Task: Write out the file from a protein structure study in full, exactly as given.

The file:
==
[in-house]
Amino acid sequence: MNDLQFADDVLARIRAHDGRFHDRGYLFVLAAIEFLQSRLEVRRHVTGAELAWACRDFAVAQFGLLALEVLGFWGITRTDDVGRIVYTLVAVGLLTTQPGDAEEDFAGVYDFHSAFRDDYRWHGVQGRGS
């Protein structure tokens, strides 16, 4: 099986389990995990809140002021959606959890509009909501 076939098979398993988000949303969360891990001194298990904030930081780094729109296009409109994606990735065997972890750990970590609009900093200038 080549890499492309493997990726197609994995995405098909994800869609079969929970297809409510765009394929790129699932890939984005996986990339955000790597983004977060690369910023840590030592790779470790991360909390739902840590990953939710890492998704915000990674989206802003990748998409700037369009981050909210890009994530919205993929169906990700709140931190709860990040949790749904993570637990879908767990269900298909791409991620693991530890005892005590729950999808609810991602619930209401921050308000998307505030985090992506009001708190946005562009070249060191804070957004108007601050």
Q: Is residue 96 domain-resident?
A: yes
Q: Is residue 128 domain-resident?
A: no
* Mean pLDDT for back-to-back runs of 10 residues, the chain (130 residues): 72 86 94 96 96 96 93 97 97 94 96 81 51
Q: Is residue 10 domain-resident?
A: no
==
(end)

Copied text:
[in-house]
Amino acid sequence: MNDLQFADDVLARIRAHDGRFHDRGYLFVLAAIEFLQSRLEVRRHVTGAELAWACRDFAVAQFGLLALEVLGFWGITRTDDVGRIVYTLVAVGLLTTQPGDAEEDFAGVYDFHSAFRDDYRWHGVQGRGS
């Protein structure tokens, strides 16, 4: 099986389990995990809140002021959606959890509009909501 076939098979398993988000949303969360891990001194298990904030930081780094729109296009409109994606990735065997972890750990970590609009900093200038 080549890499492309493997990726197609994995995405098909994800869609079969929970297809409510765009394929790129699932890939984005996986990339955000790597983004977060690369910023840590030592790779470790991360909390739902840590990953939710890492998704915000990674989206802003990748998409700037369009981050909210890009994530919205993929169906990700709140931190709860990040949790749904993570637990879908767990269900298909791409991620693991530890005892005590729950999808609810991602619930209401921050308000998307505030985090992506009001708190946005562009070249060191804070957004108007601050």
Q: Is residue 96 domain-resident?
A: yes
Q: Is residue 128 domain-resident?
A: no
* Mean pLDDT for back-to-back runs of 10 residues, the chain (130 residues): 72 86 94 96 96 96 93 97 97 94 96 81 51
Q: Is residue 10 domain-resident?
A: no